By: Syed Jafri
Hello! I will be your guide on understanding stress and its affects on YOUR body!
Let's start by understanding WHAT stress is
Stress is an excessive or unknown stimulus that disrupts homeostatic mechanisms
Some examples of stress you might face are:
Sickness or Infections
Low/High Blood Suger
Lack of Sleep
Pressure caused by Exams
Our bodies are designed to tolerate these unusual events, it is in our design to thrive through mechanisms organisms developed such as physiological, metabolic and behavioral responses, known as
The General Adaptation Syndrome (GAS), or popularly a stress response, intended at minimizing the impact of the stressor followed by protection of vital functions until homeostasis can be restored.
Homeostasis is when physiological processes are maintained by keeping a relatively stable equilibrium between interdependent elements
The General Adaption Syndrome model was introduced by scientist Hans Selye in 1936. In his model he suggest there are three phases to the GAS, each showing alleged effects of stress on the body.
First is the ALARM phase
The Second is the RESISTANCE phase
The third is the EXHAUSTION phase
Your body's first reaction to present stress is to recognize if there is danger and prepares to deal with any threat-- the "fight or flight" response".
This response will cause mobilization of energy reserves (releasing glucose from glycogen) and the dominant hormone epinephrine.
The response to the stress causes several characteristics in the ALARM phase to arise...
Increased mental awareness
Increased energy consumption
Mobilization of energy reserves
Circulation changes: -Increased blood flow to skeletal muscles -Decreased blood flow to skin, kidneys, and digestive organs
Reduction in digestion and urine production
During the ALARM phase the main stress hormones cortisol, adrenaline, and noradrenaline, are released to provide instant energy.
If the energy released is not used by physical means then it could have a negative affect on you.
For instance if you produce more adrenaline than needed then theres a chance your blood pressure could surge causing blood vessels to be damaged in the heart and brain
This posses a serious risk of heart attacks and strokes.
With this first phase everything is operating as they should be: due to stress in the environment your body reacts and alarms you with a sudden change in hormones, you are now supplied with enough energy to handle it.
The body then shifts into a second phase focused on resolving and eliminating the source of stress. With homeostasis, balance is being restored and repairment and renewal takes place
The levels of stress hormones produces may return to normal with the cost of lowered defenses and adaptive energy left
In the resistance phase, metabolism is switched to protect vital functions with the cost of less critical processes.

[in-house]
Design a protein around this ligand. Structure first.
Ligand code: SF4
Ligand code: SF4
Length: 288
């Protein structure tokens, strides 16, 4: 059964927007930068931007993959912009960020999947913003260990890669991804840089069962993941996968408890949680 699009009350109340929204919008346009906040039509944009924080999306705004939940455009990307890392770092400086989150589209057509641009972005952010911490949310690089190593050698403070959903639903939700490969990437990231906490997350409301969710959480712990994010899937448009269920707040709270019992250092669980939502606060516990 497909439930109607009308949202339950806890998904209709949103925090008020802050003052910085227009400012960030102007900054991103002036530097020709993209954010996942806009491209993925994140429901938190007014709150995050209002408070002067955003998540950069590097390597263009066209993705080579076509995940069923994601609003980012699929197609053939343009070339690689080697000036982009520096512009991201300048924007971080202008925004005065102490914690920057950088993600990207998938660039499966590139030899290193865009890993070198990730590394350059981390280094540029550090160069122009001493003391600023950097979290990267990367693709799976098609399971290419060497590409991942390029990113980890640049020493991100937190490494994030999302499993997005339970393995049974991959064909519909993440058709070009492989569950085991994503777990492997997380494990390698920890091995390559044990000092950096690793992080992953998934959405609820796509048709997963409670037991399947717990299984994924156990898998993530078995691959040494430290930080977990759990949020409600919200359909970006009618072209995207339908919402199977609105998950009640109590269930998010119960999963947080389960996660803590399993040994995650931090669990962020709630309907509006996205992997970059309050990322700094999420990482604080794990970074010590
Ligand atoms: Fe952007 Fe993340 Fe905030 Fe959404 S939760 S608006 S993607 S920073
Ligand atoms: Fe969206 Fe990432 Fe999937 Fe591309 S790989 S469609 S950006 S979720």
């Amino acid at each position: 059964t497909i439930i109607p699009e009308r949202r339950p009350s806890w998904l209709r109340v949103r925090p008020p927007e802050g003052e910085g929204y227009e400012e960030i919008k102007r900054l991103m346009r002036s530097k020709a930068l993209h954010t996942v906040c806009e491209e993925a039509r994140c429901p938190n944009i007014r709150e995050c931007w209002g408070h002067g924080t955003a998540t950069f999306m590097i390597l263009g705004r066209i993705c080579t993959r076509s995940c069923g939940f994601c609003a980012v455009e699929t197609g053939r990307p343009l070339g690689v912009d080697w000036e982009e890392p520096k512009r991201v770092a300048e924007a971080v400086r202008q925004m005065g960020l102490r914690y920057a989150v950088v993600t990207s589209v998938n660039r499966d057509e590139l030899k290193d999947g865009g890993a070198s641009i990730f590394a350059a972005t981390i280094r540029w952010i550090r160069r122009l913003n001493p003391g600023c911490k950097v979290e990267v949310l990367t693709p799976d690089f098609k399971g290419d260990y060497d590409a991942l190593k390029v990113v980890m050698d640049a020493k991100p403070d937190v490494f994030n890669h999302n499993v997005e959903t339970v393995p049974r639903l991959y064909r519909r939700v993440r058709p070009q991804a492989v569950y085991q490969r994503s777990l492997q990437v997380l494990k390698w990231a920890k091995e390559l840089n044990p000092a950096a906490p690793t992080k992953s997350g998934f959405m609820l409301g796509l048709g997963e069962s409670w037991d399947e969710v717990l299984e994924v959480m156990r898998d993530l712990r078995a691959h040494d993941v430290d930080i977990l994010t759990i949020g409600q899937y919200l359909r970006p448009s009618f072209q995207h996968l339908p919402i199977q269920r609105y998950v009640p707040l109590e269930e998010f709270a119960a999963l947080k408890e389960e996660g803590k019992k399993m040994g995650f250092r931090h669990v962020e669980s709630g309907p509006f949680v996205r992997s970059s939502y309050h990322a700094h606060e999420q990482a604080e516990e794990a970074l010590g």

The main task during this phase is to conserve energy processes at the cost of highly specialized functions that that are not relevant to immediate survivale.
The major signaling molecule during resistance phase is cortisol
Cortisol is a very hydrophobic molecule that travels blood bound to cortisol-binding globulin (CBG). It is able to cross the cell membrane through passive diffusion, binding to cortisol receptors within the cytosol.
Cortisol is used to increase blood sugar (while leaving reserve glucose for the brain), repress the immune system, and help in fat, protein, and carbohydrate metabolism
If the stressful stimulus is still present your body will alter by a consistant effort in resistance. However, problems will arise if your body repeats this process too much or with no recovery time.
This reoccurance will lead into the final stage of the GAS model.
During this phase the stress has been ongoing for sometime, not allowing your body to take a break thus the ability to resist is lost. This is primarily due to the adaption energy supply being used up.
This phase is also known as adrenal fatigue, maladaption, or even dysfunction.
This phase of the GAS model is the most harmful to your health!
The long-term stress causes nerve damage in tissues and organs. The hippocampus section of your brain is most susceptible to damage. Cognition and memory deteriorate and will lead to anxiety and depression.
There will also be negative outcomes for the function of the autonomic nervous system. This will increase chances of heart disease, rheumatoid arthritis, high blood pressure and other related illnesses.
You can see how important it is for your body to react to stress. Hans Seyle said it the best in his journal...
"Adaptability and resistance to stress are fundamental prerequisites for life, and every vital organ and function participates in them"
Thank you and I hope you were both entertained and informed about the effects stress has on your body!
"Molecular Mechanisms of Cell Function" -- Malgosia Wilk-Blaszczak
Roberts, Ff., and HANS SELYE. "Stress and the General Adaptation Syndrome." British Medical Journal 2.4670 (1950): 104-05. Print. < >